6. Say no to your boss. Sometimes we feel that we have to say yes to our boss — they’re our boss, right? And if we say “no” then we look like we can’t handle the work — at least, that’s the common reasoning. But in fact, it’s the opposite — explain to your boss that by taking on too many commitments, you are weakening your productivity and jeopardizing your existing commitments. If your boss insists that you take on the project, go over your project or task list and ask him/her to re-prioritize, explaining that there’s only so much you can take on at one time.
                      7. Pre-empting. It’s often much easier to pre-empt requests than to say “no” to them after the request has been made. If you know that requests are likely to be made, perhaps in a meeting, just say to everyone as soon as you come into the meeting, “Look guys, just to let you know, my week is booked full with some urgent projects and I won’t be able to take on any new requests.”
                      8. Get back to you. Instead of providing an answer then and there, it’s often better to tell the person you’ll give their request some thought and get back to them. This will allow you to give it some consideration, and check your commitments and priorities. Then, if you can’t take on the request, simply tell them: “After giving this some thought, and checking my commitments, I won’t be able to accommodate the request at this time.” At least you gave it some consideration.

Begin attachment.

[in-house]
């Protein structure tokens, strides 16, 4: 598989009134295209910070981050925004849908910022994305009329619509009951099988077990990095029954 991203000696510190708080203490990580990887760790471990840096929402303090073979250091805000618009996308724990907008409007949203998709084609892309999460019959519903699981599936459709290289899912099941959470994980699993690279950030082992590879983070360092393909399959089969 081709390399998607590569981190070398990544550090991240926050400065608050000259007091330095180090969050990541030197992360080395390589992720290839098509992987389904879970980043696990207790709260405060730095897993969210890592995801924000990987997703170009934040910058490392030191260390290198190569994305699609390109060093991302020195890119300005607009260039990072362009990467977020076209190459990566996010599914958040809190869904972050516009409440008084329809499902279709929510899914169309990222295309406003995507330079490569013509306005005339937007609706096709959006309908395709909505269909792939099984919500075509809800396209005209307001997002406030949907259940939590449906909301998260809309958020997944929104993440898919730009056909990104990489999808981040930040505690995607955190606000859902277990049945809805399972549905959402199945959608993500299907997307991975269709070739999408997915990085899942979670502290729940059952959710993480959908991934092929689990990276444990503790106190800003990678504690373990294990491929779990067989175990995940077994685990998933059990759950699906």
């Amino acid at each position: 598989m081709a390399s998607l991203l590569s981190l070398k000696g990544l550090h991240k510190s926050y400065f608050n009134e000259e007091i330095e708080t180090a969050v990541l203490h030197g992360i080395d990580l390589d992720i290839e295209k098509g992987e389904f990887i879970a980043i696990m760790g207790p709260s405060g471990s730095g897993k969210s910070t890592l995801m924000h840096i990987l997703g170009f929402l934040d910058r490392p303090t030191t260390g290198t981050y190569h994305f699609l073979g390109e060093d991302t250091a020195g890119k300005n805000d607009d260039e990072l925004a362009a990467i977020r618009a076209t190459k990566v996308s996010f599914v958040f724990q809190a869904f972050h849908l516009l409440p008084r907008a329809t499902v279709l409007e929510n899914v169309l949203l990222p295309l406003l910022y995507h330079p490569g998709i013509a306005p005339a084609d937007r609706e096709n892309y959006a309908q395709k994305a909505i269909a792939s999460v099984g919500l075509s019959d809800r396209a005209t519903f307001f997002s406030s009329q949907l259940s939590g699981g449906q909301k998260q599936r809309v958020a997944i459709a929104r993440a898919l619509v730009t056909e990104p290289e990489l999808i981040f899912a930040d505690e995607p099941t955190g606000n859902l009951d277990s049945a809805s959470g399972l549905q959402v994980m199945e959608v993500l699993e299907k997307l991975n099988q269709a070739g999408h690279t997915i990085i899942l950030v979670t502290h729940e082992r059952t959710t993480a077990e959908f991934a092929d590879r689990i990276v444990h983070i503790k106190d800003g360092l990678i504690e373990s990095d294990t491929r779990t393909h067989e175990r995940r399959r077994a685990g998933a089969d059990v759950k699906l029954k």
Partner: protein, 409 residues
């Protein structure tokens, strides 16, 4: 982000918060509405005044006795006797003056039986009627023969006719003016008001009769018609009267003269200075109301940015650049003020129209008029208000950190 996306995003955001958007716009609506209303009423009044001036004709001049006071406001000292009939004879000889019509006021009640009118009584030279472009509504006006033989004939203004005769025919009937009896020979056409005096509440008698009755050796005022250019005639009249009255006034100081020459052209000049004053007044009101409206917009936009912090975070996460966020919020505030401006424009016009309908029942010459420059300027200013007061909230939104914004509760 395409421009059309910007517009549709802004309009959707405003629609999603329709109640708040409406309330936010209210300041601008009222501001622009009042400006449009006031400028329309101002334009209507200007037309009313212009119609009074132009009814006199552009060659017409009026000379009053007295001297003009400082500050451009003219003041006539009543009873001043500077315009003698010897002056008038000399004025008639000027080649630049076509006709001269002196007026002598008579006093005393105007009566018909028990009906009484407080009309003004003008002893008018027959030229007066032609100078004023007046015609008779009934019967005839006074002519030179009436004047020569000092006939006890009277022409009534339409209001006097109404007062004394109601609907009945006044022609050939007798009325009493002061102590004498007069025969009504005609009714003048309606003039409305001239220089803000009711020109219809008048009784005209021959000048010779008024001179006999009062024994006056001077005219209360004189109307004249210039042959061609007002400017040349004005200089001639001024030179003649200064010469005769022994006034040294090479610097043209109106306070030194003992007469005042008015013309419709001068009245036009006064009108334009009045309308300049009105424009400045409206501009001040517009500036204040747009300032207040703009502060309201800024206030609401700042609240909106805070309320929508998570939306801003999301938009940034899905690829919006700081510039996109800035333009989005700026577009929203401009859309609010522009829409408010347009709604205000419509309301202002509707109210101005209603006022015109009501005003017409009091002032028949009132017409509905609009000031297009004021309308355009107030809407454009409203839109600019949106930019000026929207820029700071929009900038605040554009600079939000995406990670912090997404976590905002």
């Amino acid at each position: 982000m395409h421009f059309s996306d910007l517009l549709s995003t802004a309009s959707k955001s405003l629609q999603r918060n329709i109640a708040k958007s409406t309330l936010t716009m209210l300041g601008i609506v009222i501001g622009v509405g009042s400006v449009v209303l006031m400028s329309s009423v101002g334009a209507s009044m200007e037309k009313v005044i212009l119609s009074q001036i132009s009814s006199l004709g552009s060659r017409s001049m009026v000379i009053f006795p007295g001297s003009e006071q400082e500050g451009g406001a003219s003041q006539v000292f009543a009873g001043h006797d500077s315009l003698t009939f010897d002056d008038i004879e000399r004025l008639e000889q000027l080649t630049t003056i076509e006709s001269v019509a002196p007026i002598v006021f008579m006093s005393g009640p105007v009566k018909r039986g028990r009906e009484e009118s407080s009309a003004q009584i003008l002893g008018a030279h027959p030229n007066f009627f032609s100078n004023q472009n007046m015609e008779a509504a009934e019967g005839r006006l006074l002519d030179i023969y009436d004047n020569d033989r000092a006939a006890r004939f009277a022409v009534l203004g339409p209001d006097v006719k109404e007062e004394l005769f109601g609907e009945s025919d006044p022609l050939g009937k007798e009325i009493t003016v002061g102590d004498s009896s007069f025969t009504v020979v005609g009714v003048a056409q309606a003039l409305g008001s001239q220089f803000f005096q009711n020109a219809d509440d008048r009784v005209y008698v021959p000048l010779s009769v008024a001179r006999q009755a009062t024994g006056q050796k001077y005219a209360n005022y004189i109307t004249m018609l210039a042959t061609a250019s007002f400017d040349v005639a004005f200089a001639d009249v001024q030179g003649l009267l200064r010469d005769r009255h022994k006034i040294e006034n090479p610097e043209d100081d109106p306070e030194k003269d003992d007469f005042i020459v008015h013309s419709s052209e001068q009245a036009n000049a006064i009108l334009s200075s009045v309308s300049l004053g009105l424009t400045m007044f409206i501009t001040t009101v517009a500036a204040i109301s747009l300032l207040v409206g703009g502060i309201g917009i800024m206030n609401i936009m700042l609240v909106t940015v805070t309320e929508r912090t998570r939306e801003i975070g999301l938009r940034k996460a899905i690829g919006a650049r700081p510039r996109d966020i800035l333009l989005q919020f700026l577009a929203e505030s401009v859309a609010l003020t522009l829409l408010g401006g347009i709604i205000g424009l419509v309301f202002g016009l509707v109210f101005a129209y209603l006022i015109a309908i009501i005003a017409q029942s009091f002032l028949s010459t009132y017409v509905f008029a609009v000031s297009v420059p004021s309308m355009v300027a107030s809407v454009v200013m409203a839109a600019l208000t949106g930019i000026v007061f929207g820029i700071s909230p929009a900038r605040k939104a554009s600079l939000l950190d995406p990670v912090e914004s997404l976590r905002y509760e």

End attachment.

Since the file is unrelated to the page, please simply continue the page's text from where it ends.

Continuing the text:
9. Maybe later. If this is an option that you’d like to keep open, instead of just shutting the door on the person, it’s often better to just say, “This sounds like an interesting opportunity, but I just don’t have the time at the moment. Perhaps you could check back with me in [give a time frame].” Next time, when they check back with you, you might have some free time on your hands.
                      10. It’s not you, it’s me. This classic dating rejection can work in other situations. Don’t be insincere about it, though. Often the person or project is a good one, but it’s just not right for you, at least not at this time. Simply say so — you can compliment the idea, the project, the person, the organization … but say that it’s not the right fit, or it’s not what you’re looking for at this time. Only say this if it’s true — people can sense insincerity.

                      Featured photo credit: Pexels via pexels.com